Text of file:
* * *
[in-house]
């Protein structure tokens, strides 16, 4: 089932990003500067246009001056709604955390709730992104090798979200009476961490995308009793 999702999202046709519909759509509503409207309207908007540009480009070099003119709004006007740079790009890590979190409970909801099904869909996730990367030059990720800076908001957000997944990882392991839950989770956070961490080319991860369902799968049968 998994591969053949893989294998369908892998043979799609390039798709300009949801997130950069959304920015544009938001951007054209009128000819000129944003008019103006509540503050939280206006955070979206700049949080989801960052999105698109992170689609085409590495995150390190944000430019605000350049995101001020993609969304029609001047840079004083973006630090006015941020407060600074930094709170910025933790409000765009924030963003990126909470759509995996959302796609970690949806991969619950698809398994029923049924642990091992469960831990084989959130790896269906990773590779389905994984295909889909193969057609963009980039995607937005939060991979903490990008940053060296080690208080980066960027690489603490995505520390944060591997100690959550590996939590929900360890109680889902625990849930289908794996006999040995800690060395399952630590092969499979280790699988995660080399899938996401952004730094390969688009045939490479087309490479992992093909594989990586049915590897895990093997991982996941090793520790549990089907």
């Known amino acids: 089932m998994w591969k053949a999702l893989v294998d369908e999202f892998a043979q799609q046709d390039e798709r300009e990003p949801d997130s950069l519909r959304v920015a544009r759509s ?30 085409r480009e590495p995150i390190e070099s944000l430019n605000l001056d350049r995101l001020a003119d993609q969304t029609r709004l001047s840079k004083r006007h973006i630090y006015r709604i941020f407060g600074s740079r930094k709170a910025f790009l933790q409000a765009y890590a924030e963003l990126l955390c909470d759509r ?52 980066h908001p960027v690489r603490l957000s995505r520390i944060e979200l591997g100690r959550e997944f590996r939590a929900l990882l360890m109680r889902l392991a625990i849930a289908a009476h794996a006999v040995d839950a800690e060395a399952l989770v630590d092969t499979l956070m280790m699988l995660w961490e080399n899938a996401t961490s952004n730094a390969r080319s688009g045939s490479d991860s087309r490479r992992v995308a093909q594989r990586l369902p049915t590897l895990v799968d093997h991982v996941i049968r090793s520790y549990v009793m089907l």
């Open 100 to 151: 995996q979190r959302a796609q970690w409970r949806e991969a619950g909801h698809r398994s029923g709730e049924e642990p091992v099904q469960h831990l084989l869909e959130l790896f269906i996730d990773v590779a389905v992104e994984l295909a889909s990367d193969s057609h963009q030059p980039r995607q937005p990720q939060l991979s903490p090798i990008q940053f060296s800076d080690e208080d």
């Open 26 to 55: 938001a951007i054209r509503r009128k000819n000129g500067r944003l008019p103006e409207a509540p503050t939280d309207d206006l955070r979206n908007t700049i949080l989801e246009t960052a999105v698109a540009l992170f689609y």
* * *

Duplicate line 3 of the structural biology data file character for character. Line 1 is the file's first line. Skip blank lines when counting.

């Known amino acids: 089932m998994w591969k053949a999702l893989v294998d369908e999202f892998a043979q799609q046709d390039e798709r300009e990003p949801d997130s950069l519909r959304v920015a544009r759509s ?30 085409r480009e590495p995150i390190e070099s944000l430019n605000l001056d350049r995101l001020a003119d993609q969304t029609r709004l001047s840079k004083r006007h973006i630090y006015r709604i941020f407060g600074s740079r930094k709170a910025f790009l933790q409000a765009y890590a924030e963003l990126l955390c909470d759509r ?52 980066h908001p960027v690489r603490l957000s995505r520390i944060e979200l591997g100690r959550e997944f590996r939590a929900l990882l360890m109680r889902l392991a625990i849930a289908a009476h794996a006999v040995d839950a800690e060395a399952l989770v630590d092969t499979l956070m280790m699988l995660w961490e080399n899938a996401t961490s952004n730094a390969r080319s688009g045939s490479d991860s087309r490479r992992v995308a093909q594989r990586l369902p049915t590897l895990v799968d093997h991982v996941i049968r090793s520790y549990v009793m089907l």